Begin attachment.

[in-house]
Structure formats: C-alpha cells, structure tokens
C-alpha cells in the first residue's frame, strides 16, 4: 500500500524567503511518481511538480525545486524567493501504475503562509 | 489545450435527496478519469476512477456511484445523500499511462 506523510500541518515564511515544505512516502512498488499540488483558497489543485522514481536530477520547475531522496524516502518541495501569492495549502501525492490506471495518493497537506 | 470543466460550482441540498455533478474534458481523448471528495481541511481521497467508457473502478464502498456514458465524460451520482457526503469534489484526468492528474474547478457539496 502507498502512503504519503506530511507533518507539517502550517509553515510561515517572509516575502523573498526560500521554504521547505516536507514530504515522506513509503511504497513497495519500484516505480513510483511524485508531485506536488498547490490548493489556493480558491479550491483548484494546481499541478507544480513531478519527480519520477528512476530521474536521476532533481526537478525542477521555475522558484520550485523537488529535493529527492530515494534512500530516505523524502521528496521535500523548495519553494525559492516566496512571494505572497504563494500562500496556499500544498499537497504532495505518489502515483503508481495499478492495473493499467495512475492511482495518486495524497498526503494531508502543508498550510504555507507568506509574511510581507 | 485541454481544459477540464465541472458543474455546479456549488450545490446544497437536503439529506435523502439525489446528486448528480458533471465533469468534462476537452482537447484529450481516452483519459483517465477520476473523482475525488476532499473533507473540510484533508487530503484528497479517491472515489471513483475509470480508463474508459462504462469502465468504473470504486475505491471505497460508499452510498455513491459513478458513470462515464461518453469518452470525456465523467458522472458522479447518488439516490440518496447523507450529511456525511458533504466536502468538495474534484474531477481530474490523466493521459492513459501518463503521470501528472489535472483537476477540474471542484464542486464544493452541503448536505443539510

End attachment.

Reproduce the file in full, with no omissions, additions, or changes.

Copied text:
[in-house]
Structure formats: C-alpha cells, structure tokens
C-alpha cells in the first residue's frame, strides 16, 4: 500500500524567503511518481511538480525545486524567493501504475503562509 | 489545450435527496478519469476512477456511484445523500499511462 506523510500541518515564511515544505512516502512498488499540488483558497489543485522514481536530477520547475531522496524516502518541495501569492495549502501525492490506471495518493497537506 | 470543466460550482441540498455533478474534458481523448471528495481541511481521497467508457473502478464502498456514458465524460451520482457526503469534489484526468492528474474547478457539496 502507498502512503504519503506530511507533518507539517502550517509553515510561515517572509516575502523573498526560500521554504521547505516536507514530504515522506513509503511504497513497495519500484516505480513510483511524485508531485506536488498547490490548493489556493480558491479550491483548484494546481499541478507544480513531478519527480519520477528512476530521474536521476532533481526537478525542477521555475522558484520550485523537488529535493529527492530515494534512500530516505523524502521528496521535500523548495519553494525559492516566496512571494505572497504563494500562500496556499500544498499537497504532495505518489502515483503508481495499478492495473493499467495512475492511482495518486495524497498526503494531508502543508498550510504555507507568506509574511510581507 | 485541454481544459477540464465541472458543474455546479456549488450545490446544497437536503439529506435523502439525489446528486448528480458533471465533469468534462476537452482537447484529450481516452483519459483517465477520476473523482475525488476532499473533507473540510484533508487530503484528497479517491472515489471513483475509470480508463474508459462504462469502465468504473470504486475505491471505497460508499452510498455513491459513478458513470462515464461518453469518452470525456465523467458522472458522479447518488439516490440518496447523507450529511456525511458533504466536502468538495474534484474531477481530474490523466493521459492513459501518463503521470501528472489535472483537476477540474471542484464542486464544493452541503448536505443539510